Notre Dame: General says architect should 'shut his mouth'
The army general overseeing the reconstruction of Notre Dame cathedral in Paris has said the building's chief architect should "shut his mouth".
General Jean-Louis Georgelin and architect Philippe Villeneuve disagree over whether the cathedral's new spire should look modern or medieval.
Notre Dame caught fire in April, losing its spire, roof and many artefacts.
French President Emmanuel Macron has set a five-year deadline for completing the huge restoration project.
Some experts warn that this target may be too ambitious - and Mr Villeneuve has previously said the only way it can be met is if the spire is a replica of the one that burned down.
- How an underwater forest could help rebuild Notre Dame
- 'No sign of criminal cause' of fire, say officials
- Notre Dame's eight turbulent centuries of history
But President Macron and General Georgelin both believe the new spire should be "contemporary".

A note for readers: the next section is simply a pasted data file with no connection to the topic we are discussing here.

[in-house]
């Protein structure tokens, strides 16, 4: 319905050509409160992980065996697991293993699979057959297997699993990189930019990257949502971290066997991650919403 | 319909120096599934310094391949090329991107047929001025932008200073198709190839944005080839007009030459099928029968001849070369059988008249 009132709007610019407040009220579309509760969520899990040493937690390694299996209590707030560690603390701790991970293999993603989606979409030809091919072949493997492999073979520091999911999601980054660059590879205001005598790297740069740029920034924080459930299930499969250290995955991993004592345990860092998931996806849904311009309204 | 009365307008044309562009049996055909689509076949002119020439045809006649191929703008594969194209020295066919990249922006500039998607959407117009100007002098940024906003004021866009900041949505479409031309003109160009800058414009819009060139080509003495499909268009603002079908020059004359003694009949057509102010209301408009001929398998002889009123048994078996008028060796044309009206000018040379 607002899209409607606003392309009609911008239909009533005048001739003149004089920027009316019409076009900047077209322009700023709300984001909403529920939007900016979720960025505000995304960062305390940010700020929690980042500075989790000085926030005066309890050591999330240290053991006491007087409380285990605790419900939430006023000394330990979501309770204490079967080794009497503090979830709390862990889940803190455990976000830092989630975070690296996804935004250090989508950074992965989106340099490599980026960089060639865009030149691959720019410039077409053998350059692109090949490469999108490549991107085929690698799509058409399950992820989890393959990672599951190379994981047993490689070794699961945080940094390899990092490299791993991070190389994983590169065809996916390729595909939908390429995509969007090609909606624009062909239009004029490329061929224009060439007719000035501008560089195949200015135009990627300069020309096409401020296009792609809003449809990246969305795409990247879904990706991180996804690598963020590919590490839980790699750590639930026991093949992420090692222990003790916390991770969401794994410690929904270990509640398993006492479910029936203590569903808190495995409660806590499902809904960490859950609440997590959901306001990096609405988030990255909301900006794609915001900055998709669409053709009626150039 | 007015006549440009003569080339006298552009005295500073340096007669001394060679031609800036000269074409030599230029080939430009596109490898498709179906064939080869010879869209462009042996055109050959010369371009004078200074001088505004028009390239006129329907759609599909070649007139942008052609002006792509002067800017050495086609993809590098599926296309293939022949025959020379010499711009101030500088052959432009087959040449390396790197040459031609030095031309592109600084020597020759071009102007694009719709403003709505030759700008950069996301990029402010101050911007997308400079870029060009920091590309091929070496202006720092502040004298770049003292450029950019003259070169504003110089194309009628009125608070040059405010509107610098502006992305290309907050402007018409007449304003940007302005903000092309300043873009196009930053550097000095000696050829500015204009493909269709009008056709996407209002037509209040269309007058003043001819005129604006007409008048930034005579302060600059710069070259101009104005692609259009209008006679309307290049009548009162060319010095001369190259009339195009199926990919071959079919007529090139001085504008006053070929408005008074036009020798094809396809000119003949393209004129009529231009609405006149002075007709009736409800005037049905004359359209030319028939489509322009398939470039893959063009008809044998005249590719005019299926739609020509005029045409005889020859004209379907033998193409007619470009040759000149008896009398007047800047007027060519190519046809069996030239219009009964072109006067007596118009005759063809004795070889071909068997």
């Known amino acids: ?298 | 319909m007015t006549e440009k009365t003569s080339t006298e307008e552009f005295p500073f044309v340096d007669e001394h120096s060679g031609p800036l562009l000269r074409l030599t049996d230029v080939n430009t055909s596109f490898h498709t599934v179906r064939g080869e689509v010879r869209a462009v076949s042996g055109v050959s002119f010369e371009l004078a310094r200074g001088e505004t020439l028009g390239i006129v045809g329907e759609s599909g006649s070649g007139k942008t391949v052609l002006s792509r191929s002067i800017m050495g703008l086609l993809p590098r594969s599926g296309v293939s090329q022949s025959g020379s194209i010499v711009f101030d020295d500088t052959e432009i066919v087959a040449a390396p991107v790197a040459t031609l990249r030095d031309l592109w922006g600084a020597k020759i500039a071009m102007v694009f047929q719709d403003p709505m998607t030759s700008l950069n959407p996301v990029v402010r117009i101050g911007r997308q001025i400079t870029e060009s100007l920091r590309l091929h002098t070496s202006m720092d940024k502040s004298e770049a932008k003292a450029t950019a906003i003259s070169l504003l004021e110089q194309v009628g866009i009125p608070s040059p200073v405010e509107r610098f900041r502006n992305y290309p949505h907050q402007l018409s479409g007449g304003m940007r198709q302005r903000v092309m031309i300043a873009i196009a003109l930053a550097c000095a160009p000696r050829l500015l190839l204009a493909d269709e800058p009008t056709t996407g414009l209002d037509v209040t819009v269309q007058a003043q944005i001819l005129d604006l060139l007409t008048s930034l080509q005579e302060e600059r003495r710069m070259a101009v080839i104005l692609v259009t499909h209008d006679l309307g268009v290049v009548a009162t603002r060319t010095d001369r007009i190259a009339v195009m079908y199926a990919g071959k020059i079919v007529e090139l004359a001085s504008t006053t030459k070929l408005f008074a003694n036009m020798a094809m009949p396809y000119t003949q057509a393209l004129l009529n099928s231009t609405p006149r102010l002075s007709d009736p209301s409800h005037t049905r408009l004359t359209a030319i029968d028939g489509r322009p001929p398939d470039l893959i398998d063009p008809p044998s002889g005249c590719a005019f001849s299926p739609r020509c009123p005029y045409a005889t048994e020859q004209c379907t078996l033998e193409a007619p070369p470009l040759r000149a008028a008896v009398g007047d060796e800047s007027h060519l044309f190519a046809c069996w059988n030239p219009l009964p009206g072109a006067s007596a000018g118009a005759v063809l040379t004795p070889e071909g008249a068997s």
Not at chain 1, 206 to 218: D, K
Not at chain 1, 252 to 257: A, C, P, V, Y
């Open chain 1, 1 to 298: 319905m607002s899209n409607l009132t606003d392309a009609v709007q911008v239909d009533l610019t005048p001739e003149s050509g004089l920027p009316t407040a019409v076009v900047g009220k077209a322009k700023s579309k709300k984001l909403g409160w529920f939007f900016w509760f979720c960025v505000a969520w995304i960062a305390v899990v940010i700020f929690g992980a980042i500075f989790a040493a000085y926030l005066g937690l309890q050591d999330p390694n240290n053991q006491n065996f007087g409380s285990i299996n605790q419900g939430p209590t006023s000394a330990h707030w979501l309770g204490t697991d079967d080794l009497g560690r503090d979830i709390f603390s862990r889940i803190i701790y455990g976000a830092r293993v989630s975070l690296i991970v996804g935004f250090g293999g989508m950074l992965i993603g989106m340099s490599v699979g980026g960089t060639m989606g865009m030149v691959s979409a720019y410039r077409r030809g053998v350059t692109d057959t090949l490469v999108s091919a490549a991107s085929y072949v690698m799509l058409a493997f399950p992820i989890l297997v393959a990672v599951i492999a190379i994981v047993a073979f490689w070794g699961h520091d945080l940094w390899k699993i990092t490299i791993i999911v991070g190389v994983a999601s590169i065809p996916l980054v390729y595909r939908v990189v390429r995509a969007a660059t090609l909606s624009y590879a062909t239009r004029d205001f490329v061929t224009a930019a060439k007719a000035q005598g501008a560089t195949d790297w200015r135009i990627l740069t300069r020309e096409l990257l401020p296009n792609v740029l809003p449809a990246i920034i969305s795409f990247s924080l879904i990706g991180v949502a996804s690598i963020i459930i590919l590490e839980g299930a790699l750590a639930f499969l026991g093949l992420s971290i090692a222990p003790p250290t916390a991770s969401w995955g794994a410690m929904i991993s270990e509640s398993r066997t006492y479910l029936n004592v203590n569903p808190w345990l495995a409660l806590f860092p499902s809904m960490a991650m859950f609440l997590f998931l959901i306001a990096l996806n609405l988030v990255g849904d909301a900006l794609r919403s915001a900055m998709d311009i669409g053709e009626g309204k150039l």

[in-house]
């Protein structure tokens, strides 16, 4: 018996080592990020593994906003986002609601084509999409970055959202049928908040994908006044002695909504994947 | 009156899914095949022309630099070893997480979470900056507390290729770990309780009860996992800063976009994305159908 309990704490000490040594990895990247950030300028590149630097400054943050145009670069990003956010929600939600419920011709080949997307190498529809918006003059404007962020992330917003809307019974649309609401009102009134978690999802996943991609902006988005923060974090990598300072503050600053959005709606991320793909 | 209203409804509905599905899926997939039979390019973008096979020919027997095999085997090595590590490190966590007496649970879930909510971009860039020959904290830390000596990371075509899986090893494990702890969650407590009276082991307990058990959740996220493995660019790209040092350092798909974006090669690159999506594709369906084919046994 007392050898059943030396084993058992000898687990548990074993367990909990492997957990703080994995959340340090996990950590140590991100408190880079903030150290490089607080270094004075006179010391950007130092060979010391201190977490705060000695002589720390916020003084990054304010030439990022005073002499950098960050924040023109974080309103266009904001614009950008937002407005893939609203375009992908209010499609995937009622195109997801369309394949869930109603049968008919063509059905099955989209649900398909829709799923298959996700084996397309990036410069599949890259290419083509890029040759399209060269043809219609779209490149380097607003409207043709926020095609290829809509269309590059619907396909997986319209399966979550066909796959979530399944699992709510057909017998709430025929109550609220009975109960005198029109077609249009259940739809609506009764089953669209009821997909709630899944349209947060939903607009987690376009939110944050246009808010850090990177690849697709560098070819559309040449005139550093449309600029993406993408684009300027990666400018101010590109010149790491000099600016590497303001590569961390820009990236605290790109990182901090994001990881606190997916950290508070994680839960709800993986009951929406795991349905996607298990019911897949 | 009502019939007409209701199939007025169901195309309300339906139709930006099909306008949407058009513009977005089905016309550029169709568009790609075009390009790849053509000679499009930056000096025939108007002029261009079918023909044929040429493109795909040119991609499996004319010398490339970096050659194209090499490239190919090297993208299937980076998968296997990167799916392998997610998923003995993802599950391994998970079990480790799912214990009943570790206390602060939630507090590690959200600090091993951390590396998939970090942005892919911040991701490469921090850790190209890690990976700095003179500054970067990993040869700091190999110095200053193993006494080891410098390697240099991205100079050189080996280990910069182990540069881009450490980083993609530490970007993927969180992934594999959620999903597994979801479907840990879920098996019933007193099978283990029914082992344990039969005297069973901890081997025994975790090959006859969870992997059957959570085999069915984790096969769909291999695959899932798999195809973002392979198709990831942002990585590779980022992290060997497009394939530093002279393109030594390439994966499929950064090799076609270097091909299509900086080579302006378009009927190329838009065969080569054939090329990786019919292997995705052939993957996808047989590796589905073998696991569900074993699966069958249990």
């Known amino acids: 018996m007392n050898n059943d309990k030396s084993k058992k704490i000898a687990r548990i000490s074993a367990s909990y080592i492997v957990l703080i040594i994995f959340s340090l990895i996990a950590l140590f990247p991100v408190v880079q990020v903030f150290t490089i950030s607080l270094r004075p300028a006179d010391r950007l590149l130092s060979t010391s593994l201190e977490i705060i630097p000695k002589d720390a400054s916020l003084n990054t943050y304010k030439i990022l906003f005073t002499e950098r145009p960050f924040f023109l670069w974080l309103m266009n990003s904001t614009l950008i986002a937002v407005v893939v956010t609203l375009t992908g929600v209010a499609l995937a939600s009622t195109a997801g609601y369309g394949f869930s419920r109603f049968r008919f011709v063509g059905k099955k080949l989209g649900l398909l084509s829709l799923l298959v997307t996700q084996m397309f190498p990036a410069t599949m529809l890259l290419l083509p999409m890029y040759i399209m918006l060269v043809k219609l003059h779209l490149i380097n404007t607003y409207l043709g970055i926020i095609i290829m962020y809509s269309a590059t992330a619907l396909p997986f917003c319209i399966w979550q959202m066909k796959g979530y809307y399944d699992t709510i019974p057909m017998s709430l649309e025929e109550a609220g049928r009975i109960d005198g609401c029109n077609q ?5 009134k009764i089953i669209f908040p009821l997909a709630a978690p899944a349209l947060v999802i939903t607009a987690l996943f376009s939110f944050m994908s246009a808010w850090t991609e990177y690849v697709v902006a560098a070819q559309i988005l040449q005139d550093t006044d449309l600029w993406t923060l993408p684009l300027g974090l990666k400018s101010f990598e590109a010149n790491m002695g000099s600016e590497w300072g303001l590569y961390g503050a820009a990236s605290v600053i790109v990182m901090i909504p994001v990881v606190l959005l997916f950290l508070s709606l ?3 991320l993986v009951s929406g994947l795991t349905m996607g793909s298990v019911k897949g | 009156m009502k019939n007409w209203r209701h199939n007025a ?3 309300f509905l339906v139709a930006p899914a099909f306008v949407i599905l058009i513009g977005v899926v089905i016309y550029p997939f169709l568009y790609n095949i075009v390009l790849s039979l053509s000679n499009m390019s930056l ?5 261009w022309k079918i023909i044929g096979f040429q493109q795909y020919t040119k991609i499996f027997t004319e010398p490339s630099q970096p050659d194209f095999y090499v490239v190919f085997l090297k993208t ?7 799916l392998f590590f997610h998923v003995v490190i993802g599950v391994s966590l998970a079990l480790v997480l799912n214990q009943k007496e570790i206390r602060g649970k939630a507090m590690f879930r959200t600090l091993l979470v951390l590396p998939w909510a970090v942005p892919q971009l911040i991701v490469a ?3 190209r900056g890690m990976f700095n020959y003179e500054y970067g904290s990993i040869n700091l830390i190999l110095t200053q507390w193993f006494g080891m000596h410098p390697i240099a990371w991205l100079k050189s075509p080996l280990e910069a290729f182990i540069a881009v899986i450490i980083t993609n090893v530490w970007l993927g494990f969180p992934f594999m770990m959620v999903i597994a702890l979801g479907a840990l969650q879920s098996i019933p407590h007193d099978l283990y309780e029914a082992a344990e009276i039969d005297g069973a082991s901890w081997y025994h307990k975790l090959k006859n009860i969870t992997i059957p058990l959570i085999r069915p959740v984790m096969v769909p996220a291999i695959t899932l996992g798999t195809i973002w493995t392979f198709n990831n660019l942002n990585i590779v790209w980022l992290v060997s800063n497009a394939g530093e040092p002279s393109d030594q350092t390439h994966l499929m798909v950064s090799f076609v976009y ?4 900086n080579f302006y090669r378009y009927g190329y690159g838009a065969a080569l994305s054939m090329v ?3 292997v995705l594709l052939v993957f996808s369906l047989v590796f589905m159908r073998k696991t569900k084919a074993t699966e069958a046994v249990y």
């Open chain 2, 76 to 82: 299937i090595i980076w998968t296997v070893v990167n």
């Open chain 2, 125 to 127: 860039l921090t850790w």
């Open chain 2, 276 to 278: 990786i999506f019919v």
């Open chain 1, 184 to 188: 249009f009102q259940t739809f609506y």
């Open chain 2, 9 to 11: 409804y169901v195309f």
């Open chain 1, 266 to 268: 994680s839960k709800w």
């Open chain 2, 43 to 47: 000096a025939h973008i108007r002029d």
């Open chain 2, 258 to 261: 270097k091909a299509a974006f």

A public argument over the spire's design broke out at a meeting of the French National Assembly's cultural affairs committee late on Wednesday.
"As for the chief architect, I have already explained that he should shut his mouth," General Georgelin snapped, prompting gasps from those at the meeting, AFP news agency reported.
He later said that all involved ought to "move ahead in wisdom so that we can serenely make the best choice for Notre Dame, for Paris, for the world".
A final decision on the spire would be settled on in 2021, he added.
On the same day, France 3 TV channel broadcast footage from inside Notre Dame - showing its missing spire and burned-out roof, as well as debris that has collected on the cathedral floor.
Last month, Mr Villeneuve told the broadcaster RTL: "Either I restore it identically... or they make a contemporary spire and it will be someone else [doing it]."
Within 24 hours of the fire on 15 April, hundreds of millions of euros were pledged to help fund the rebuilding of the cathedral.